The Atlantic Monthly (two issues)

March 2008: Which religion will win, asks the cover?  Eliza Griswold predicts that in Nigeria, the winners will eventually be those Christians and Muslims who can put sectarian animosity aside and live together in peace.  Granted, this prediction comes at the end of a staggering catalogue of extreme violence between the followers of the religions, but such is her prediction.  Alan Wolfe also foresees religious peace.  Walter Russell Mead predicts that the next generation of America’s elite will largely consist of people with evangelical Christian upbringings.  Lori Gottlieb urges her fellow single women to marry the first guy who comes along.  Francis X. Rocca visits the monastery Generalissimo Francisco Franco built to surround his tomb.  Sandra Tsing Loh writes about her experience as a mother of public-school students.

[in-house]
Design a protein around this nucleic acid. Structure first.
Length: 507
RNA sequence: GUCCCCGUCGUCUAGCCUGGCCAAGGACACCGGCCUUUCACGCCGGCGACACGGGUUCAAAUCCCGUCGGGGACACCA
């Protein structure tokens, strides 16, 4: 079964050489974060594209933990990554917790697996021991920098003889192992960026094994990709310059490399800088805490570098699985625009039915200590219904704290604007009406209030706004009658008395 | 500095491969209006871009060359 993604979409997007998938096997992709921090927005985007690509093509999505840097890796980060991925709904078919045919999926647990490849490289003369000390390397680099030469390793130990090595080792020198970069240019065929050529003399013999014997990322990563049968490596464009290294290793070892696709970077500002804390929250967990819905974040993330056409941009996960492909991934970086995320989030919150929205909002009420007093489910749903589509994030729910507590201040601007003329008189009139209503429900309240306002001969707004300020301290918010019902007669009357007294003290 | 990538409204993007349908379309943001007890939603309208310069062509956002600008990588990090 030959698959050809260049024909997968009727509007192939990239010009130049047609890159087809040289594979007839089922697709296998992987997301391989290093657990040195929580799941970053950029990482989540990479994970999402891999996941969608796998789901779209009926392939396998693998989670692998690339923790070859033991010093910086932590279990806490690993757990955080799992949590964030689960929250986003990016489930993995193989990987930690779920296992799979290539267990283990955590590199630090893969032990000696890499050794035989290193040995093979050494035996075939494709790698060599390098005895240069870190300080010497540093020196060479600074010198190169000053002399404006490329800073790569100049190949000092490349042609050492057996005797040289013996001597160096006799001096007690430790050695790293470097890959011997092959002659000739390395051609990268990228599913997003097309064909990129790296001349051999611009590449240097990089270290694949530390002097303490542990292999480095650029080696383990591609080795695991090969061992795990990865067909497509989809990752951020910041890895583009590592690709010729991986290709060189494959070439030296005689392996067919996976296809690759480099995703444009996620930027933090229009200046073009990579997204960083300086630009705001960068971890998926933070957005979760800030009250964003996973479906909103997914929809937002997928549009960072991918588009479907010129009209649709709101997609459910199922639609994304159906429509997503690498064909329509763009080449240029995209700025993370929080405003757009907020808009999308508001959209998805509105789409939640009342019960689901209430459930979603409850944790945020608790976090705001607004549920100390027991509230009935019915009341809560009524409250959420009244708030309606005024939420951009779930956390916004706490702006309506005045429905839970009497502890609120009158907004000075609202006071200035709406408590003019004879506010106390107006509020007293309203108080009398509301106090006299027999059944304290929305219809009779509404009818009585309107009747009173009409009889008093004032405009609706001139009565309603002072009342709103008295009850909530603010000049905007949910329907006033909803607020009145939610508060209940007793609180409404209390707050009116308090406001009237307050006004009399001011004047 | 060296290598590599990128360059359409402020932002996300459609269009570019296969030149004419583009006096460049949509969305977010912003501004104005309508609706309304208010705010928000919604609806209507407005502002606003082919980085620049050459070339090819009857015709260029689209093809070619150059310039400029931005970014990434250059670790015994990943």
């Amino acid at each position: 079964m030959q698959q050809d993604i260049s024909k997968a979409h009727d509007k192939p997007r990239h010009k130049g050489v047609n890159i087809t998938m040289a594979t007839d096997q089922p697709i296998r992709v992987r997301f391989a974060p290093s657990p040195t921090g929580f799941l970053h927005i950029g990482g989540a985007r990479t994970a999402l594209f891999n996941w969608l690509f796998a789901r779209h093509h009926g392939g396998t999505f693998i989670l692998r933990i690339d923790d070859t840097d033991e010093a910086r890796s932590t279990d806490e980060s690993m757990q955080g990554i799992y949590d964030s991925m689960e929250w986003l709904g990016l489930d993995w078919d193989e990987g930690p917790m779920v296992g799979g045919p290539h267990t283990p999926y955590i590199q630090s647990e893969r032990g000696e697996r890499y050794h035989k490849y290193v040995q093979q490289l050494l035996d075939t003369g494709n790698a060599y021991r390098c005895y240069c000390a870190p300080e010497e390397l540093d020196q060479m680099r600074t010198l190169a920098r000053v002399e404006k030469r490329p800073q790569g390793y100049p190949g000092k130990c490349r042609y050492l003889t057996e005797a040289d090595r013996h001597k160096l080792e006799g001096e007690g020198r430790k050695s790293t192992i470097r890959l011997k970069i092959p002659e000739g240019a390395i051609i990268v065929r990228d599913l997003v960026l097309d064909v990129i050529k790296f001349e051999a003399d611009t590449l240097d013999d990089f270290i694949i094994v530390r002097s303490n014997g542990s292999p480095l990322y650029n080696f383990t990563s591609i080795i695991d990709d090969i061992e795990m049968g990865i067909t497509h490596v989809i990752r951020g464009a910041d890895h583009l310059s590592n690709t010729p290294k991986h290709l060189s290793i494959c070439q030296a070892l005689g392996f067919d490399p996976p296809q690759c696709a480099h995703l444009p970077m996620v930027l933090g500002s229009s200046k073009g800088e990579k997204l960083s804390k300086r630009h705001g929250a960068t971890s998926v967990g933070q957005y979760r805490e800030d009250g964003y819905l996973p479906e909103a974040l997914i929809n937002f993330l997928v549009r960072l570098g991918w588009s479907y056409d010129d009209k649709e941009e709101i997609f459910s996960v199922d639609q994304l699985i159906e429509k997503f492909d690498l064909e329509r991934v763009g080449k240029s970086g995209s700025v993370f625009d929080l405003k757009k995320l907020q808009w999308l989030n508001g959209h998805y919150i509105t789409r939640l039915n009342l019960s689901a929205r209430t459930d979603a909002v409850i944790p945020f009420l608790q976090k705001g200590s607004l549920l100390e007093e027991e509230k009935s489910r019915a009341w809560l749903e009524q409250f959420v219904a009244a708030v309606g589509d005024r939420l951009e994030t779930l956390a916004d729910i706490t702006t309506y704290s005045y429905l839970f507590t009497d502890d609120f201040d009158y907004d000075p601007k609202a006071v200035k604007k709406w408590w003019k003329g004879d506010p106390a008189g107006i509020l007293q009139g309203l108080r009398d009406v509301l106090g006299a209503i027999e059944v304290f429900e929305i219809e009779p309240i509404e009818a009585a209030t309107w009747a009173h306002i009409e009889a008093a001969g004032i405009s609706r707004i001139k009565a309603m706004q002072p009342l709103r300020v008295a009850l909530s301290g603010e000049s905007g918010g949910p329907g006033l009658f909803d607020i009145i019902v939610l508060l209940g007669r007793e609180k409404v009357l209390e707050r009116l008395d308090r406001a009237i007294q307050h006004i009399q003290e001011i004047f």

April 2008: Some showbiz stories- a profile of paparazzi who make their living stalking Britney Spears, a review of a biography of 30’s star Joan Crawford, and a piece about Hollywood’s ongoing attempt to recapture its glory days of the 1970’s.  Lawrence Scott Sheets writes about some cases of attempted Uranium smuggling, one of which eerily recalls Ken Kalfus’ novella Pu-239.  B.R. Myers, assigned to review Ian Robinson’s Untied Kingdom, lavishes praise on the author’s 1973 book The Survival of English before noting that his current book his cranky, ill-informed, and bigoted.  Myers does put in a half-defense of Robinson’s identification as a “conservative Christian,” mentioning something disgusting from a recent Academy Award winning movie and pointing out: “the only people who actually object to this sort of thing are the religious right.  We of the non-faith either applaud the ‘pushing of the envelope’ or look the other way; it’s just culture, after all.”  I think Myers is onto something here; it strikes me that one of the great weaknesses of liberalism in all its varieties is a failure to engage with culture, to take it as seriously as it takes the claims of the marketplace.  Corby Kummer writes about the power of community gardens to create a peaceful space in violent neighborhoods.  Barbara Wallraff explains the origin of the phrase “cut to the chase” and explores popular unwillingness to accept the evidence of its recent appearance, then discusses ways in which dictionaries may differ from one another.

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